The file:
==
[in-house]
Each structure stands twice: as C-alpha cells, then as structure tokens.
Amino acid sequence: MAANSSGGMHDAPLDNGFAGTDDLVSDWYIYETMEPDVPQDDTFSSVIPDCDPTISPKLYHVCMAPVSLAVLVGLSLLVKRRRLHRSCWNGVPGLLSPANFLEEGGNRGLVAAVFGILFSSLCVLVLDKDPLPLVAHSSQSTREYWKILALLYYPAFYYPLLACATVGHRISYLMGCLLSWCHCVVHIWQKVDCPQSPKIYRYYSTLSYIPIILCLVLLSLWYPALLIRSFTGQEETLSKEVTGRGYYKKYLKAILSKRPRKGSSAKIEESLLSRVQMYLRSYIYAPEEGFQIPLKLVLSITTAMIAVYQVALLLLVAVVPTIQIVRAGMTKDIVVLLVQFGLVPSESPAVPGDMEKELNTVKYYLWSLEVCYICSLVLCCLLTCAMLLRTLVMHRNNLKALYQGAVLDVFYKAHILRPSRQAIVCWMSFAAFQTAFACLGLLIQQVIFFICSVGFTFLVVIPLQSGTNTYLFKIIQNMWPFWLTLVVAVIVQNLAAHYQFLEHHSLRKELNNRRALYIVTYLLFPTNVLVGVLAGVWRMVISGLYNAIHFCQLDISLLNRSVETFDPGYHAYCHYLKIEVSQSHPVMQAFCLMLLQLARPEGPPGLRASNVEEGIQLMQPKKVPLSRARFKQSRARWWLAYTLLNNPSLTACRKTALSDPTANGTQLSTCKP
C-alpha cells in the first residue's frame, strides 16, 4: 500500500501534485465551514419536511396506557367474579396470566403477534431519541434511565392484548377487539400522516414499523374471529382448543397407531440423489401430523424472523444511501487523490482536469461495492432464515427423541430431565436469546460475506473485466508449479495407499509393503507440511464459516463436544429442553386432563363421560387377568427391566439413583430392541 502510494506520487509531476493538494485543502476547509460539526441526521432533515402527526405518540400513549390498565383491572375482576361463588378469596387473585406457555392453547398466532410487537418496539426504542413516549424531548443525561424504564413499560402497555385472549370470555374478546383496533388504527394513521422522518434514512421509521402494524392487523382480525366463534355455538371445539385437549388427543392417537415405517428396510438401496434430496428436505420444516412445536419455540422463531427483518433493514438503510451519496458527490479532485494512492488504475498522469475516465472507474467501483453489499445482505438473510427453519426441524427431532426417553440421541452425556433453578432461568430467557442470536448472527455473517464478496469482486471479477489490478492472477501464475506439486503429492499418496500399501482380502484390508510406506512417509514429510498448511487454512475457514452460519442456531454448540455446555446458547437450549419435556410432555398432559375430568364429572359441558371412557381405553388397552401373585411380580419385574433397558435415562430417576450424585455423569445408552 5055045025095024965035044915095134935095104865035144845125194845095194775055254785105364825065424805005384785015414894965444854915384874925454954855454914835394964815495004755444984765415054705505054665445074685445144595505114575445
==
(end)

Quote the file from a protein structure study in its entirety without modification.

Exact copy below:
[in-house]
Each structure stands twice: as C-alpha cells, then as structure tokens.
Amino acid sequence: MAANSSGGMHDAPLDNGFAGTDDLVSDWYIYETMEPDVPQDDTFSSVIPDCDPTISPKLYHVCMAPVSLAVLVGLSLLVKRRRLHRSCWNGVPGLLSPANFLEEGGNRGLVAAVFGILFSSLCVLVLDKDPLPLVAHSSQSTREYWKILALLYYPAFYYPLLACATVGHRISYLMGCLLSWCHCVVHIWQKVDCPQSPKIYRYYSTLSYIPIILCLVLLSLWYPALLIRSFTGQEETLSKEVTGRGYYKKYLKAILSKRPRKGSSAKIEESLLSRVQMYLRSYIYAPEEGFQIPLKLVLSITTAMIAVYQVALLLLVAVVPTIQIVRAGMTKDIVVLLVQFGLVPSESPAVPGDMEKELNTVKYYLWSLEVCYICSLVLCCLLTCAMLLRTLVMHRNNLKALYQGAVLDVFYKAHILRPSRQAIVCWMSFAAFQTAFACLGLLIQQVIFFICSVGFTFLVVIPLQSGTNTYLFKIIQNMWPFWLTLVVAVIVQNLAAHYQFLEHHSLRKELNNRRALYIVTYLLFPTNVLVGVLAGVWRMVISGLYNAIHFCQLDISLLNRSVETFDPGYHAYCHYLKIEVSQSHPVMQAFCLMLLQLARPEGPPGLRASNVEEGIQLMQPKKVPLSRARFKQSRARWWLAYTLLNNPSLTACRKTALSDPTANGTQLSTCKP
C-alpha cells in the first residue's frame, strides 16, 4: 500500500501534485465551514419536511396506557367474579396470566403477534431519541434511565392484548377487539400522516414499523374471529382448543397407531440423489401430523424472523444511501487523490482536469461495492432464515427423541430431565436469546460475506473485466508449479495407499509393503507440511464459516463436544429442553386432563363421560387377568427391566439413583430392541 502510494506520487509531476493538494485543502476547509460539526441526521432533515402527526405518540400513549390498565383491572375482576361463588378469596387473585406457555392453547398466532410487537418496539426504542413516549424531548443525561424504564413499560402497555385472549370470555374478546383496533388504527394513521422522518434514512421509521402494524392487523382480525366463534355455538371445539385437549388427543392417537415405517428396510438401496434430496428436505420444516412445536419455540422463531427483518433493514438503510451519496458527490479532485494512492488504475498522469475516465472507474467501483453489499445482505438473510427453519426441524427431532426417553440421541452425556433453578432461568430467557442470536448472527455473517464478496469482486471479477489490478492472477501464475506439486503429492499418496500399501482380502484390508510406506512417509514429510498448511487454512475457514452460519442456531454448540455446555446458547437450549419435556410432555398432559375430568364429572359441558371412557381405553388397552401373585411380580419385574433397558435415562430417576450424585455423569445408552 5055045025095024965035044915095134935095104865035144845125194845095194775055254785105364825065424805005384785015414894965444854915384874925454954855454914835394964815495004755444984765415054705505054665445074685445144595505114575445